One of the best things about writing fantasy is the ability to create cultures and peoples, and one aspect of that - though far from the most important - is physical appearance. Now, I know racial type is a hot-button topic in fantasy, with some people increasingly concerned about how the genre is white-and-European-centric, and arguably even some characters who are physically different are just western folks "painted" - but I'm going to skirt that issue in this post, just as I skirt it in my writing. Not because I'm afraid or unaware of controversy, but because ...
... why limit yourself to Earth types? Some components of physical appearance are tightly tied to evolution and adaptation to a particular clime, such as skin color and physical type - that is, longer, thinner body types disperse heat better and are more suited to hot climates. Others, however, have no correlation in necessity. Genetics may have a hand in it, dominant traits coming to the fore ... but who says that the same traits have to be dominant or recessive in your world? If magic gets to be a gene (and in some worlds, it really is), why not play further with the rules of inheritance? Why not make a culture / race that has no direct parallel in the real world?
I've done this in several different ways. Mixing up types in a way not usually seen in our world is one. The Alayins, the dominant people in "Journal of the Dead," are dark complected with light hair and eyes. The few dark-eyed characters are treated with some fascination by the cast. Another way is specificity - for instance, a race that only produces blondes. Or capitalizing as a physical or cultural feature something that isn't usually considered part of a distinct type. On Trianor, the Sikan standard of beauty revolves around the feet. A final way is simply to pick something that doesn't exist in the real world - genuinely yellow eyes, dominant polydactylism ... actually, I think I'm going to mark that for future use - and make it racial.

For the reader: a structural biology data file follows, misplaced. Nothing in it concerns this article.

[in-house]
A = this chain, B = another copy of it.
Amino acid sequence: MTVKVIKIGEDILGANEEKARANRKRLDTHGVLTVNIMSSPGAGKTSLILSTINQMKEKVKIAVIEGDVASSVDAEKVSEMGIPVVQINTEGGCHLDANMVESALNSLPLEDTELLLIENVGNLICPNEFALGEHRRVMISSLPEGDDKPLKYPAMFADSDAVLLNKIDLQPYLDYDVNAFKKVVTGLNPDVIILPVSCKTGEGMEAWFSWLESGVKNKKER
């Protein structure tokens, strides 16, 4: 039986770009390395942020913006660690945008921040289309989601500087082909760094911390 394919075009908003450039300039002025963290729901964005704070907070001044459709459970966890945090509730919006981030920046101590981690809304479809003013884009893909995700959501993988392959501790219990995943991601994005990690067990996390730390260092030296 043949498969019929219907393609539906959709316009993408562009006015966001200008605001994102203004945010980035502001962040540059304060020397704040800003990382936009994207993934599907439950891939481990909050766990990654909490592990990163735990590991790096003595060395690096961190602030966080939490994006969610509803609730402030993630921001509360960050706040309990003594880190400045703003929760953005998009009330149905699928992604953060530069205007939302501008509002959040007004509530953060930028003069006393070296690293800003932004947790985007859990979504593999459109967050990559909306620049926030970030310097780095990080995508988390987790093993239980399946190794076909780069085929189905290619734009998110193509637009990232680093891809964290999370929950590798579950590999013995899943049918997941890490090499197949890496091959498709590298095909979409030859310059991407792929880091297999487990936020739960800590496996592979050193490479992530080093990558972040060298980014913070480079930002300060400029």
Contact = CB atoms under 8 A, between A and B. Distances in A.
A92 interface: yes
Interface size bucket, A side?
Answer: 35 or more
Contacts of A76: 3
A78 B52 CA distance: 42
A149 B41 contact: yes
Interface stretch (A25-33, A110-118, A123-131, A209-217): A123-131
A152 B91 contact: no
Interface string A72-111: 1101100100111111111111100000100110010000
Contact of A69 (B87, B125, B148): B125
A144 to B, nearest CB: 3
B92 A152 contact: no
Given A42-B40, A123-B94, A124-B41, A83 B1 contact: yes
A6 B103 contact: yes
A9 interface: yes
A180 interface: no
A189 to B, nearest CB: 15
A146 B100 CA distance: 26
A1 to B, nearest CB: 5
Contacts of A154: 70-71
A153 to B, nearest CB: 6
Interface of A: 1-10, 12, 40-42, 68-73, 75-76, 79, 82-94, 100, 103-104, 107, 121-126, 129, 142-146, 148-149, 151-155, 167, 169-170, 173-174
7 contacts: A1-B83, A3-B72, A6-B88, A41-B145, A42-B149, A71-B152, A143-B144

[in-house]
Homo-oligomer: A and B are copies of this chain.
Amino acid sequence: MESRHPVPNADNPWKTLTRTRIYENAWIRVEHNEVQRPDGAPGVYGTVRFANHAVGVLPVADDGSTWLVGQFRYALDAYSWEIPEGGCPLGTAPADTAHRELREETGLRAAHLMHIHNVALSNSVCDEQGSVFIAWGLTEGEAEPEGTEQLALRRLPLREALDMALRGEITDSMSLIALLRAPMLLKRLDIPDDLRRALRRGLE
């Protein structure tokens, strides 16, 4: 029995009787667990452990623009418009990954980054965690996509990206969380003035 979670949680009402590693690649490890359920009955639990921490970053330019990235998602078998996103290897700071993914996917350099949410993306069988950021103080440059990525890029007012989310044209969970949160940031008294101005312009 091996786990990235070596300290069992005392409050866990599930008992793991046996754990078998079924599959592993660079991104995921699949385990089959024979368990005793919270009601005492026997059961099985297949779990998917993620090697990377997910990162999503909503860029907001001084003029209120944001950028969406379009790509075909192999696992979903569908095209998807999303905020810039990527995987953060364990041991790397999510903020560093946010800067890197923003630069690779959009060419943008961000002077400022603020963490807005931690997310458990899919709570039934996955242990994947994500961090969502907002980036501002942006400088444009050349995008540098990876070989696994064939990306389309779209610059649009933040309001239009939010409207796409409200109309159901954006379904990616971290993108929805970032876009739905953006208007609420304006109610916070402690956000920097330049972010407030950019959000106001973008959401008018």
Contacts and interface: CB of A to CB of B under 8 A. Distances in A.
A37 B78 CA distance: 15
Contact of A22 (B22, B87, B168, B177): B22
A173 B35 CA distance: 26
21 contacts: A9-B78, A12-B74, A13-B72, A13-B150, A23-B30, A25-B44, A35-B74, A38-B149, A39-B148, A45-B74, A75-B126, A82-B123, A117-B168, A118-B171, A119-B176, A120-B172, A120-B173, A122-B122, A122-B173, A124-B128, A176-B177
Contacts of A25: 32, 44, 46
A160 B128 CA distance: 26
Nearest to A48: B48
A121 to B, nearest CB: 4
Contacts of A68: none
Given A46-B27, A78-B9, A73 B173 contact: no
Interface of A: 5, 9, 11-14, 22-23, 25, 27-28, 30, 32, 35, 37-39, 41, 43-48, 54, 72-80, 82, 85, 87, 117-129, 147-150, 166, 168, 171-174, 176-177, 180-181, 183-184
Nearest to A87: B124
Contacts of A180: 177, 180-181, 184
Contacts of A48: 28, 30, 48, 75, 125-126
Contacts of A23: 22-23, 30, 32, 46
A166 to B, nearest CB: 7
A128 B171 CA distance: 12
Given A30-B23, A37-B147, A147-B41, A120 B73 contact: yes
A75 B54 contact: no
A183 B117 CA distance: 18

When I do imitate an Earth type, it's either out of laziness (I admit it!), or because I want to evoke a specific parallel. For instance, in the world of the Seventeen Seas, Ilkanae is supposed to be reminiscent of ancient Greece, and the reader should get that feeling quite strongly. And in "Who Wants To Be A Hero?" the parallels were necessary both for the feel of the story and to support some of the real-world cultural / mythological jokes. Destia is basically pre-Revolutionary America if it were a Greek colony instead of an English one ... well, okay, that's not exactly a parallel ...
This all comes up because I've been editing "Scylla and Charybdis" and noticed Gwydion has brown eyes. There was a time, when I was a young writer, when I hated brown-eyed characters. Part of it was because I didn't see any variety in it: you could have brown eyes, hazel eyes or ... brown eyes. Later, obviously, I realized there are a lot more variations. Another part of it, I think, was self-identification. I have grey eyes, which tend to greener or bluer depending on what I'm wearing. Yes, I am this close to being the fantasy cliche of the girl with the mood-ring eyes.
Sidebar about "Scylla and Charybdis:" I very consciously mixed real-world ethnic types (since it's science fiction) with both appearances and names, as a demonstration of how those types had fused over the centuries. To do it to every character would have made it look like a circus, but there's a reason I have a redheaded Upala Manuel. The city of Nissyen has a mostly-assimilated Native American population - but this is never said directly in the text. It's left implied with the names and faces.
Back to the brown-eye controversy, I actually started consciously forcing myself to create characters with dark eyes, and I was all proud of myself when I had a narrator as such. Yes, I was young and silly, but it's a place I came from and a door I used to have shut for no other reason than instinct. Now I like exploring unusual combinations, not as a way of making the characters superficially special or diverse, but as one more way of expressing the possibilities of a secondary world fantasy ... and reminding readers that they're not in Kansas any more.